For the hundreds of Swedish soldiers serving in UN missions, cutting bureaucracy would be the best outcome of this Nordic nation holding a Security Council Seat, says a veteran of the Mali force.
- Sweden takes seat 2017-2018.
- Joining Nato’s Stratcom.
Sweden is joining the Nato Strategic Communications Centre (Stratcom) as part of its efforts to combat disinformation.
- Decision in four months.
As the Swedish government gets ready to make a decision on what kind of armed force they need, Radio Sweden asked Defence Minister Peter Hultqvist what he thinks of the suggestion to bring back military service.
- No need for change in law.
Because of the worsening security situation and the failure to recruit enough professional soldiers Sweden should re-start compulsory military service next year, says a government investigation.
- Opposition wants security situation review.
Prime minister Stefan Löfven has dismissed the reports that an increased military threat from Russia is behind the decision to put permanent troops on the island of Gotland earlier than previously planned.
- Coming report.
In spite of closer ties and cooperation over recent years, Sweden will not seek NATO membership, the government stated on Friday.
- Working within the EU.
Sweden’s government does not support the building of the German-Russian Nord Stream 2 pipeline, but has no legal way to stop it, was the message from Foreign Minister Margot Wallström in Thursday’s parliamentary debate.
The Swedish parliament will debate the Nord Stream 2 pipeline today, as the opposition Christian Democrats say the Russian-German pipeline in the Baltic should be blocked, because of the invasion of Ukraine.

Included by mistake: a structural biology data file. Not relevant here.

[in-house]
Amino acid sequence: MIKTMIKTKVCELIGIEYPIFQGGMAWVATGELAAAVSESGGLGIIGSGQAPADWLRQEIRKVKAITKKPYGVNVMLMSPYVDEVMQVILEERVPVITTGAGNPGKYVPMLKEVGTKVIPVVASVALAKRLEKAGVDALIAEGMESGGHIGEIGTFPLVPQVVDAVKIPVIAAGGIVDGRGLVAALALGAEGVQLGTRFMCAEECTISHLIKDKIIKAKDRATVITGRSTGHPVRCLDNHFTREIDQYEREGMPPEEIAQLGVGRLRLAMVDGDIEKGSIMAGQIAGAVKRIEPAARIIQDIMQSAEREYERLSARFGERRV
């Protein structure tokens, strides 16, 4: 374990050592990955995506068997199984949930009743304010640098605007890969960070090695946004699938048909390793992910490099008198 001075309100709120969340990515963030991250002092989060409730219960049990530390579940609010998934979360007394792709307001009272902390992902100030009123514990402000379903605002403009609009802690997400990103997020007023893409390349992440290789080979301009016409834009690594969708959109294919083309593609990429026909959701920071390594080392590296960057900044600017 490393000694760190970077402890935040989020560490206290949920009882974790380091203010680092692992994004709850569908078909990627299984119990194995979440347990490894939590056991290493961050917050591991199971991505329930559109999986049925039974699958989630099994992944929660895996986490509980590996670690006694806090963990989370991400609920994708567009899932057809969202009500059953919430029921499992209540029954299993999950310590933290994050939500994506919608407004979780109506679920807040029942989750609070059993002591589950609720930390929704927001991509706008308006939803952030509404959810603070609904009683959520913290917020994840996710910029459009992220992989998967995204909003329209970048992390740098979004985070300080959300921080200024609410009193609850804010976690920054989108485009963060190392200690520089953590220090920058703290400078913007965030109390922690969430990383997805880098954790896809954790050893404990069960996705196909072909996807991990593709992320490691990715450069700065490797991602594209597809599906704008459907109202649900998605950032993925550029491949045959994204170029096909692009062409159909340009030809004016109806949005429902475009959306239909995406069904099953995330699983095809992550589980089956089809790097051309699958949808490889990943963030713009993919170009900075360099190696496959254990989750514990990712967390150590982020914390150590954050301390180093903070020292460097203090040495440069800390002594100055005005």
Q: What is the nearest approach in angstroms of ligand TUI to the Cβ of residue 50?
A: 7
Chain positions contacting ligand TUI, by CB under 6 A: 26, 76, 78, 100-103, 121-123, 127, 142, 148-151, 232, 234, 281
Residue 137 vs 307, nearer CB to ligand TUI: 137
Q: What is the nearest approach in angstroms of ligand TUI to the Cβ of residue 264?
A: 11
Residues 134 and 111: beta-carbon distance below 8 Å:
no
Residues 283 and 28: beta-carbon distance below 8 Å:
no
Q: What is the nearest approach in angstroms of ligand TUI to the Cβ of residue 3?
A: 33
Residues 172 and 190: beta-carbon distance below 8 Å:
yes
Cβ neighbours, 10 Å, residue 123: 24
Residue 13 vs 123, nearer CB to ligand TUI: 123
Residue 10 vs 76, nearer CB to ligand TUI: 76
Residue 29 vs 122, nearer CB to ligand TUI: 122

- Inquiry into Swedish membership.
An arms race in the Baltic region is a likely scenario if Sweden joins NATO, but the risk of a conflict involving Russia would decline, according to a government investigation.
- "People cheering."
The yearly Veteran March left Stockholm on Sunday, and one of the organisers says he hopes it will help the ordinary Swede see how many peacekeeping veterans there are, and what they have been through.
- Stockholm's Pride is the biggest LGBT event in Scandinavia, but we hear how it is under attack. Plus, veterans of Swedish peacekeeping can feel ignored, and are marching at the weekend.
- The fight against terrorism.
Sweden is increasing cooperation with the EU’s police authority Europol by placing a liaison officer from the Security Service, Säpo, in its headquarters for the first time.
Foreign states are spying on Swedish agencies, the Security Service has warned. They say there’s a danger that companies government agencies outsource work to are actually operated by foreign powers trying to get information about Sweden.
- Most from Russia and Islamic State.
Psychological warfare is becoming an increasing threat to Sweden with the country exposed to daily attacks of disinformation, say the Swedish Civil Contingencies Agency (MSB).
- Defense Minister supports decision.
The US has asked Sweden to step-up its troop levels in Iraq, to aid in the fight against the terrorist group Islamic State.